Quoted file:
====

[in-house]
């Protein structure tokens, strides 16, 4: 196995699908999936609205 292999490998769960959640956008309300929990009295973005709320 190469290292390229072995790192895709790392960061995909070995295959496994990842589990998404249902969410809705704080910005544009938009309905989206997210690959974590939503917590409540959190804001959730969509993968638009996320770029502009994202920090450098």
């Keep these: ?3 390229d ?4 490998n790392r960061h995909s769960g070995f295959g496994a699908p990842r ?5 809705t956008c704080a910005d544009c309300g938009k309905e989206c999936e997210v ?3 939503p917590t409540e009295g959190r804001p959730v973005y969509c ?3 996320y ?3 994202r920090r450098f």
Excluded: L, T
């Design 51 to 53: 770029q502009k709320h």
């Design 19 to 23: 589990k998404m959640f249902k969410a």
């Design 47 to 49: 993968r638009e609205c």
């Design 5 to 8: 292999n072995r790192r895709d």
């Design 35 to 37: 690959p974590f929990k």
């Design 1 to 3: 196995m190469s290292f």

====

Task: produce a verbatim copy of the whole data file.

[in-house]
């Protein structure tokens, strides 16, 4: 196995699908999936609205 292999490998769960959640956008309300929990009295973005709320 190469290292390229072995790192895709790392960061995909070995295959496994990842589990998404249902969410809705704080910005544009938009309905989206997210690959974590939503917590409540959190804001959730969509993968638009996320770029502009994202920090450098």
């Keep these: ?3 390229d ?4 490998n790392r960061h995909s769960g070995f295959g496994a699908p990842r ?5 809705t956008c704080a910005d544009c309300g938009k309905e989206c999936e997210v ?3 939503p917590t409540e009295g959190r804001p959730v973005y969509c ?3 996320y ?3 994202r920090r450098f």
Excluded: L, T
């Design 51 to 53: 770029q502009k709320h």
């Design 19 to 23: 589990k998404m959640f249902k969410a």
């Design 47 to 49: 993968r638009e609205c």
């Design 5 to 8: 292999n072995r790192r895709d």
């Design 35 to 37: 690959p974590f929990k």
């Design 1 to 3: 196995m190469s290292f």